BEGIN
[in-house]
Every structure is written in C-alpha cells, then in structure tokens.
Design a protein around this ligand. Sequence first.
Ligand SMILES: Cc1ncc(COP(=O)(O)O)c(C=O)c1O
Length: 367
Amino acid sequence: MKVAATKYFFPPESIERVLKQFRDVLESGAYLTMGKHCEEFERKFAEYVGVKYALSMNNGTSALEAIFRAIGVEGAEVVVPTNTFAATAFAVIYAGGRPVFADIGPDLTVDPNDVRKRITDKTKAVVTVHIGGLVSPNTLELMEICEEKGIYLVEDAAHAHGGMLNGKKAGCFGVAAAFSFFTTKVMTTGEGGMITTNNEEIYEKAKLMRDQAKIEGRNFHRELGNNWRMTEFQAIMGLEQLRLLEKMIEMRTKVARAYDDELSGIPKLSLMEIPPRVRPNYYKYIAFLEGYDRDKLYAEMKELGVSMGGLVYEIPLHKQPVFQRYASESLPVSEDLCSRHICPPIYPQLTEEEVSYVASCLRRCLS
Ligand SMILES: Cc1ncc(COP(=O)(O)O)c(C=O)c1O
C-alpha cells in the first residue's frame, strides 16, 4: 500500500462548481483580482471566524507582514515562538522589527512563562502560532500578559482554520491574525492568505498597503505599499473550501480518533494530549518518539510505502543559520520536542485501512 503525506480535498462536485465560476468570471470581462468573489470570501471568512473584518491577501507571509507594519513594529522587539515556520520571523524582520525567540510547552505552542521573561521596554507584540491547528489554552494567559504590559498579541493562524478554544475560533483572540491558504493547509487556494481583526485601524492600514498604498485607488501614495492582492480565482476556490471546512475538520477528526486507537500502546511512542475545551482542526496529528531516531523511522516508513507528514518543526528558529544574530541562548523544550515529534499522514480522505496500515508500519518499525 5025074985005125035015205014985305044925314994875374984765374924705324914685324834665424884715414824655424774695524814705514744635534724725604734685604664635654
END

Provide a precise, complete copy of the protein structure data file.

[in-house]
Every structure is written in C-alpha cells, then in structure tokens.
Design a protein around this ligand. Sequence first.
Ligand SMILES: Cc1ncc(COP(=O)(O)O)c(C=O)c1O
Length: 367
Amino acid sequence: MKVAATKYFFPPESIERVLKQFRDVLESGAYLTMGKHCEEFERKFAEYVGVKYALSMNNGTSALEAIFRAIGVEGAEVVVPTNTFAATAFAVIYAGGRPVFADIGPDLTVDPNDVRKRITDKTKAVVTVHIGGLVSPNTLELMEICEEKGIYLVEDAAHAHGGMLNGKKAGCFGVAAAFSFFTTKVMTTGEGGMITTNNEEIYEKAKLMRDQAKIEGRNFHRELGNNWRMTEFQAIMGLEQLRLLEKMIEMRTKVARAYDDELSGIPKLSLMEIPPRVRPNYYKYIAFLEGYDRDKLYAEMKELGVSMGGLVYEIPLHKQPVFQRYASESLPVSEDLCSRHICPPIYPQLTEEEVSYVASCLRRCLS
Ligand SMILES: Cc1ncc(COP(=O)(O)O)c(C=O)c1O
C-alpha cells in the first residue's frame, strides 16, 4: 500500500462548481483580482471566524507582514515562538522589527512563562502560532500578559482554520491574525492568505498597503505599499473550501480518533494530549518518539510505502543559520520536542485501512 503525506480535498462536485465560476468570471470581462468573489470570501471568512473584518491577501507571509507594519513594529522587539515556520520571523524582520525567540510547552505552542521573561521596554507584540491547528489554552494567559504590559498579541493562524478554544475560533483572540491558504493547509487556494481583526485601524492600514498604498485607488501614495492582492480565482476556490471546512475538520477528526486507537500502546511512542475545551482542526496529528531516531523511522516508513507528514518543526528558529544574530541562548523544550515529534499522514480522505496500515508500519518499525 5025074985005125035015205014985305044925314994875374984765374924705324914685324834665424884715414824655424774695524814705514744635534724725604734685604664635654